Taxing the highest-income earners in Canada has become vogue, on the grounds they have more resources to handle the burden of raising much needed revenue for governments.
Seven of the nation’s 10 provinces have adopted higher taxes on the so-called rich since 2010, with mixed success. Even so, Prime Minister Justin Trudeau’s Liberal Party won elections in October partly on a plan to do the same at the federal level.
Trudeau will probably be more successful retaining revenue with the policy than his provincial counterparts, because high-income earners are less likely to leave the country than to move provinces, according to a study published Wednesday.
One of the biggest problems with taxing the rich is they are mobile, and can move from one jurisdiction to another. There is some evidence that Quebec’s tax hikes on high-income earners has led to an exodus from the French-speaking province.
Kevin Milligan, a University of British Columbia professor who advised Trudeau on economic matters before the election, and the University of Toronto’s Michael Smart, ran simulations that showed “substantial responsiveness” by wealthier families facing tax increases. To study this, they looked at what would happen if each province lifted the tax rate on the top 1 percent of earners by 5 percentage points.
“While taxing top earners may seem like an easy way to bring in more revenue, provinces will receive much less than expected if they fail to recognize how tax hikes alter behavior,” they wrote in a statement outlining the paper they wrote for the Institute for Research on Public Policy.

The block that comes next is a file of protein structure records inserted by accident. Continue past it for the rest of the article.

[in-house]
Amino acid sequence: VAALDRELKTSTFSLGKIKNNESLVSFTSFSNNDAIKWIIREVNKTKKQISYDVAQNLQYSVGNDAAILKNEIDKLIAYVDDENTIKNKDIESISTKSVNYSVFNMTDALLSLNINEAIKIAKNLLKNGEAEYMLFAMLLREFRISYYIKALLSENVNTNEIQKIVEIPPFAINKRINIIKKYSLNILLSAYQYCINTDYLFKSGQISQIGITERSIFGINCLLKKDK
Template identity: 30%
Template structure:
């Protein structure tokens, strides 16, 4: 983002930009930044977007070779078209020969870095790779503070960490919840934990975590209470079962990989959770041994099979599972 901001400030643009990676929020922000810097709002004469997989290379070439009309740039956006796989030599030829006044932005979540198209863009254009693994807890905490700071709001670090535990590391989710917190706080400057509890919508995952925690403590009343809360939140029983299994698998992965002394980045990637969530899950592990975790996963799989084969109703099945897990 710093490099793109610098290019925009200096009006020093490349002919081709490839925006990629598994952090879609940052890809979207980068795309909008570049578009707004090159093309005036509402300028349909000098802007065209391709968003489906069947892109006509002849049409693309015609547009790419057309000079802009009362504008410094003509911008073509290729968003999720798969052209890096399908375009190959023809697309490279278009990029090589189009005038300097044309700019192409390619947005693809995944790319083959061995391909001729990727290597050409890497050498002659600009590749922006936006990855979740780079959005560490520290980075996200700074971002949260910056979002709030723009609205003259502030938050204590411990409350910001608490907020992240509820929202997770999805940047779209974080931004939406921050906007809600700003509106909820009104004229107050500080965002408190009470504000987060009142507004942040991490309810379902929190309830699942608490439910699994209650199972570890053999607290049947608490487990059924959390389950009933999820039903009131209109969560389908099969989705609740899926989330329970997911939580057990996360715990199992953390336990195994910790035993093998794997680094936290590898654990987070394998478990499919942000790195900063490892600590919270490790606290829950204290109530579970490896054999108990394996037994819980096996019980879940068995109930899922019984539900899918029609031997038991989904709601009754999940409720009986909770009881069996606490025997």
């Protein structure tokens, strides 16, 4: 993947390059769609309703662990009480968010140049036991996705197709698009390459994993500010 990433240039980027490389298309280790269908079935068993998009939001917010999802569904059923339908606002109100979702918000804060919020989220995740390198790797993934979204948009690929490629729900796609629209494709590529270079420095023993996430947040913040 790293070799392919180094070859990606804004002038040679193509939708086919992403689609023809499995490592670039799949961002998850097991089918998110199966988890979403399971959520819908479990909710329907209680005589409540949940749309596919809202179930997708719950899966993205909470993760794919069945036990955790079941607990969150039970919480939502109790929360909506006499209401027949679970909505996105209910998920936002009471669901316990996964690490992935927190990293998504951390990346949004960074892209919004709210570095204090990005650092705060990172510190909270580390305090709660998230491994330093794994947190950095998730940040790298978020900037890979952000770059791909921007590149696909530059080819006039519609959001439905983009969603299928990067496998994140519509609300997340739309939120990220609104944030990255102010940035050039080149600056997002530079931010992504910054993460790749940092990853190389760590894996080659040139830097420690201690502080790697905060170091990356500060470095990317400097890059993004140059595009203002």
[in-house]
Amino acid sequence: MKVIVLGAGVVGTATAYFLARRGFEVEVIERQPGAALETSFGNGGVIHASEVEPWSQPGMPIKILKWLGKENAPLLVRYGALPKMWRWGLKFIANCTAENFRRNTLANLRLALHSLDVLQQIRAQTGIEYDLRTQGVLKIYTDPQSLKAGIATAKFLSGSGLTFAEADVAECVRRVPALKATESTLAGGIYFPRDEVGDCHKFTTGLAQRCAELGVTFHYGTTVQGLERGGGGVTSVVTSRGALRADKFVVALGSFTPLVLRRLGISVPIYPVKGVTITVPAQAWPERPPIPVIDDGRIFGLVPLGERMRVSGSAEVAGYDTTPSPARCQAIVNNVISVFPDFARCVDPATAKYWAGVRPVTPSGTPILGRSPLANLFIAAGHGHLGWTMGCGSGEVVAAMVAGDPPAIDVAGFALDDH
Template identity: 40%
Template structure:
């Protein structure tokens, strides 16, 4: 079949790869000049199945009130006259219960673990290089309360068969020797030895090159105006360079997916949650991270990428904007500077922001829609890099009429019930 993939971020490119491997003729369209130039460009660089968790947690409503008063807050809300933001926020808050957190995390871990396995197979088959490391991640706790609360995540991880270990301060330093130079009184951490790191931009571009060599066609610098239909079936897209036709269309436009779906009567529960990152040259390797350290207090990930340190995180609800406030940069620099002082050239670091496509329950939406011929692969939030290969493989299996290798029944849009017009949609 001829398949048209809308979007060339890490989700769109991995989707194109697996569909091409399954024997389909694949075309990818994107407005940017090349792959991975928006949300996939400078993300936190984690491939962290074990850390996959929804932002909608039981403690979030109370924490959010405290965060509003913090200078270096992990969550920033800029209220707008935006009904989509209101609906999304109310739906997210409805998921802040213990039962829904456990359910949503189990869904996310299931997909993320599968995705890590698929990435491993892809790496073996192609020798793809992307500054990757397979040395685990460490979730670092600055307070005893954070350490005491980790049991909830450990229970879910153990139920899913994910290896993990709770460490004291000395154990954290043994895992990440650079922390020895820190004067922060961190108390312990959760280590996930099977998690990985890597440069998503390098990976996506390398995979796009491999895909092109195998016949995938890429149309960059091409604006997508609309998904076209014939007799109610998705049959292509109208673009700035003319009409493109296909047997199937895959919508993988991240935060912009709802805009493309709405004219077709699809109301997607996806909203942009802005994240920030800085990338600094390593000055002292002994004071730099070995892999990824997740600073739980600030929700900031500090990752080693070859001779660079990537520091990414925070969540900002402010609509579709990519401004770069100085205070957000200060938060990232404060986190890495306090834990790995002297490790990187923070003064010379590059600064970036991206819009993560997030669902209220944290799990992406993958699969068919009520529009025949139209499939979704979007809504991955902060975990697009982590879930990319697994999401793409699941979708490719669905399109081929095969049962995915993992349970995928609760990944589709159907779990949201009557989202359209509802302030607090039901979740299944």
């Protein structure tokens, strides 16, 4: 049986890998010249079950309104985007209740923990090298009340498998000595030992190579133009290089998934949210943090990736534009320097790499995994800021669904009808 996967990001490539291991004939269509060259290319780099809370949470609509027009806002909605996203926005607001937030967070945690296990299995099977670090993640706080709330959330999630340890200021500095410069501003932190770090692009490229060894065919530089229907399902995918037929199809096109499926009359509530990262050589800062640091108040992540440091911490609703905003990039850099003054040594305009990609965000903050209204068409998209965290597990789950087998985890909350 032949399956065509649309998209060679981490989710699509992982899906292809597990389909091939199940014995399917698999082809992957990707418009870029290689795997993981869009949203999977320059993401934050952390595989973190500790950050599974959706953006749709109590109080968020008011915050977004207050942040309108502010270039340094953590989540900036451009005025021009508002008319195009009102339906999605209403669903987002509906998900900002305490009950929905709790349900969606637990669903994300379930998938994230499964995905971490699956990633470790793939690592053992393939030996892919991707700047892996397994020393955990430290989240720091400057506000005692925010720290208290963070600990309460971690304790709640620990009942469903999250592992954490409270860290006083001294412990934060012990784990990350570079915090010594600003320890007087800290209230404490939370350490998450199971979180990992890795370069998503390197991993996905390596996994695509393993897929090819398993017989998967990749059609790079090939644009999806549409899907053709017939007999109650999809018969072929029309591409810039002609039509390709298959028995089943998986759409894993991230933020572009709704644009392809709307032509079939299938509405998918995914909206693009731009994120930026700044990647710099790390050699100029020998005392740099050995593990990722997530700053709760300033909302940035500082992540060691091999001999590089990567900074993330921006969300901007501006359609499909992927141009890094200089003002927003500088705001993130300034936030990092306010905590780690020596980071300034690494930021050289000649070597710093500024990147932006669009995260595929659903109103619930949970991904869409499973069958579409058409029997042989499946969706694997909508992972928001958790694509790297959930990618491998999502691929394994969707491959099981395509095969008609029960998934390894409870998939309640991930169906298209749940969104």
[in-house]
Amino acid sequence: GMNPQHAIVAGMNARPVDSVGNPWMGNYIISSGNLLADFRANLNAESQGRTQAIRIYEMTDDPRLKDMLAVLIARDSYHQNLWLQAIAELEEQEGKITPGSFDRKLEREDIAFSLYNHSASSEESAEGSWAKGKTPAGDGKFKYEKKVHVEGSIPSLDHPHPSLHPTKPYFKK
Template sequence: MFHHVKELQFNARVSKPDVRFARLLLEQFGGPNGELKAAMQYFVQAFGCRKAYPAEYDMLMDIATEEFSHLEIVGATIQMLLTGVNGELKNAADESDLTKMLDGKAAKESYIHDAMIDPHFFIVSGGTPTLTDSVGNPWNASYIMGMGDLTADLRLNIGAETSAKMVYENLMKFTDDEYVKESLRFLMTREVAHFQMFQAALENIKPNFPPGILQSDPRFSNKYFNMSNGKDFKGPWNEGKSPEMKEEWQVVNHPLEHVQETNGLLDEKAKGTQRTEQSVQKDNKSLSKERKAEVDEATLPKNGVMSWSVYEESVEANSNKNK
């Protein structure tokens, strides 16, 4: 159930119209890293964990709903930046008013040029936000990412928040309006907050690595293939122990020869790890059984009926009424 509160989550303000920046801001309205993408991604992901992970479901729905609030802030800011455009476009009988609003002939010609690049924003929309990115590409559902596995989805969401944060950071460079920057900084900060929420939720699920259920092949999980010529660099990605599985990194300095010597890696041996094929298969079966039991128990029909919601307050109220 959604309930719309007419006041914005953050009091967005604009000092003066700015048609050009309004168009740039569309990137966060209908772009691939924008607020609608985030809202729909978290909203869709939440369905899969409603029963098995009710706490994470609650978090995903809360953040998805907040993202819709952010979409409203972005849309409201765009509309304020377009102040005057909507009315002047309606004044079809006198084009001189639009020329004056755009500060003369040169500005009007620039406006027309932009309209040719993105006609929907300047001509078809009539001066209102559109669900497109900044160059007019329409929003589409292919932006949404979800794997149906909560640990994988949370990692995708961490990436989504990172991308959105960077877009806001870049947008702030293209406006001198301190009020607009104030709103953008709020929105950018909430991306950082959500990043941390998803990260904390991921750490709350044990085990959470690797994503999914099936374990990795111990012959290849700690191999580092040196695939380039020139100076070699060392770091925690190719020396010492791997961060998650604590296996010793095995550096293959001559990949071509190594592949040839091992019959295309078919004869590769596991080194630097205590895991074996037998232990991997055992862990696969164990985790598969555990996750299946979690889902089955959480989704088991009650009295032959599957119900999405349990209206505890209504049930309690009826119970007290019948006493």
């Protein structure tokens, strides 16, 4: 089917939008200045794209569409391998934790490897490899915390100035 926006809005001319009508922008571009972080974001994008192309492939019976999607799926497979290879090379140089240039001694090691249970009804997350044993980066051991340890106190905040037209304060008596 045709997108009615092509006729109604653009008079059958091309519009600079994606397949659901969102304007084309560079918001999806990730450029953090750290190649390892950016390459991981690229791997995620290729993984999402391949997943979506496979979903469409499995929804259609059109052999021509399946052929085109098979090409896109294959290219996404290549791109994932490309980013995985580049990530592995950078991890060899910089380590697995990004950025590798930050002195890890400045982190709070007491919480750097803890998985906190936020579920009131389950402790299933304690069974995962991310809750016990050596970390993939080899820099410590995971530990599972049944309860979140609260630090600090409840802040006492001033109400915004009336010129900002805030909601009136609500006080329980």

Federal tax increases, however, wouldn’t have as much impact on behavior since it’s tougher to move countries than it is to move provinces. “If the federal government were to increase its tax rates on high incomes -- or if the provinces coordinated their own actions -- there might be less scope for this behavioral response,” Milligan and Smart wrote.
It’s a conclusion that should come as some relief to the Prime Minister’s Office.
Trudeau campaigned on reducing inequality and aiding the prospects of the middle class. Part of that program is creating a new tax rate of 33 percent for people earning more than C$200,000 ($150,000) a year, to cut taxes for lower earners. The highest tax rate had previously been 29 percent.